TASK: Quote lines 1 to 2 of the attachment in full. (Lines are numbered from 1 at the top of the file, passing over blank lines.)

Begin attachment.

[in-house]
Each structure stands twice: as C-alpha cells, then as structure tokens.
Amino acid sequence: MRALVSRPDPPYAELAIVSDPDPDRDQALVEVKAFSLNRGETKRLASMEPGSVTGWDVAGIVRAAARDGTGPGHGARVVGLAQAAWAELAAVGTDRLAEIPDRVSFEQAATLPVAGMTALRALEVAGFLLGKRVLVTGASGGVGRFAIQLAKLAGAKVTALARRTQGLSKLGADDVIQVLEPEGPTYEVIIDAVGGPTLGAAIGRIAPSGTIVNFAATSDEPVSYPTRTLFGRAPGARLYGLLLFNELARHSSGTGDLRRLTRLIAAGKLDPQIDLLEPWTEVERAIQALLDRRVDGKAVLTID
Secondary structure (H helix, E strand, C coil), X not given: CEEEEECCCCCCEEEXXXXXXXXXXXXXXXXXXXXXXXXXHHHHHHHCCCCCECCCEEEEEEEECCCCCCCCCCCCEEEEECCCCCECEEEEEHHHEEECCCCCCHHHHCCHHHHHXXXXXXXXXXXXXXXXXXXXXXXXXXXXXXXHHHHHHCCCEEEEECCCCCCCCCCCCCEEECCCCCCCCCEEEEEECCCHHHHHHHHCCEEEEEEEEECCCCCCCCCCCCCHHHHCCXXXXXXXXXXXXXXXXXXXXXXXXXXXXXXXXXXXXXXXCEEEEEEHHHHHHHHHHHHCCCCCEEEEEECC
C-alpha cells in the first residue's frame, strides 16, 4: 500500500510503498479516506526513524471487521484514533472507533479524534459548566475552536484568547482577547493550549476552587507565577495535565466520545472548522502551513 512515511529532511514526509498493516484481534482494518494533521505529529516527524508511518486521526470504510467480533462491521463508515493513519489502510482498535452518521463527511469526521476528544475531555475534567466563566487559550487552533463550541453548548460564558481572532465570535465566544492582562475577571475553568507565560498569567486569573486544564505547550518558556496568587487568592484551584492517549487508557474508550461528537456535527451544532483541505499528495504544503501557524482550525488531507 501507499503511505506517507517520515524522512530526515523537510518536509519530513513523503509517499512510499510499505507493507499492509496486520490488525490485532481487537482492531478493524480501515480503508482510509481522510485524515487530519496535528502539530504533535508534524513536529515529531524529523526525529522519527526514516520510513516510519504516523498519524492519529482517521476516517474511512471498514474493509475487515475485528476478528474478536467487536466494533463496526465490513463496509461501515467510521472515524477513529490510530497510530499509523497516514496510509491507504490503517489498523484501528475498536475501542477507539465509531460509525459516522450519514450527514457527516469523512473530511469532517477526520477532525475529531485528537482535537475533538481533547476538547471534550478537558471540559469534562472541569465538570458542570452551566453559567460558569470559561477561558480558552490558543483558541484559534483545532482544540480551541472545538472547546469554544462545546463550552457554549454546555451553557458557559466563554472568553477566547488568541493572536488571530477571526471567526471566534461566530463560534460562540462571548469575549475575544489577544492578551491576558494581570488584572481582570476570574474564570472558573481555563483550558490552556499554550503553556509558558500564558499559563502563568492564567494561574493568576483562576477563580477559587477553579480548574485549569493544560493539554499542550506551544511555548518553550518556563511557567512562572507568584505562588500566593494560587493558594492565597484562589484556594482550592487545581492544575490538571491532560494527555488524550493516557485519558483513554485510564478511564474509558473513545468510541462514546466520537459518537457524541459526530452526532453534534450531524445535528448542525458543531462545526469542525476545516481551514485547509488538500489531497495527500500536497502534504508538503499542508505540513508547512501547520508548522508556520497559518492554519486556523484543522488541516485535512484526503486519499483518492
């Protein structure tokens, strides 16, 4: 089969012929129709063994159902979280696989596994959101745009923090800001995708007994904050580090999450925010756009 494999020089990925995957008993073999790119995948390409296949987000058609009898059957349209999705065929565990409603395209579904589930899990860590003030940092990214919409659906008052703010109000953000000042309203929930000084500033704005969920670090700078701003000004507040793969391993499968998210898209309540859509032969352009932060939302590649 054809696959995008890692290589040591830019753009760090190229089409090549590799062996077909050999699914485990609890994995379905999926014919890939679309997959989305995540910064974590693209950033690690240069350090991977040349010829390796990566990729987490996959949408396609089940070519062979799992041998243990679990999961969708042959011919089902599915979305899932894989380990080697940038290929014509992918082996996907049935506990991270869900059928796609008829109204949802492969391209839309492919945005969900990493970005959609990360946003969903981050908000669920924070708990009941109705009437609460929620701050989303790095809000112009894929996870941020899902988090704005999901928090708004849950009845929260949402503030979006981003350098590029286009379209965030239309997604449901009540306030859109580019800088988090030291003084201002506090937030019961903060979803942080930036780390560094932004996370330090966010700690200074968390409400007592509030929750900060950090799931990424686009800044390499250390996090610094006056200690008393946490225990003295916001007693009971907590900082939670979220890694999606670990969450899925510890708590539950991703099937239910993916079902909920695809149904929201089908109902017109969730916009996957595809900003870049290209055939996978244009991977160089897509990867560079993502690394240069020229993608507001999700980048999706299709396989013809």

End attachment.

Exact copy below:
[in-house]
Each structure stands twice: as C-alpha cells, then as structure tokens.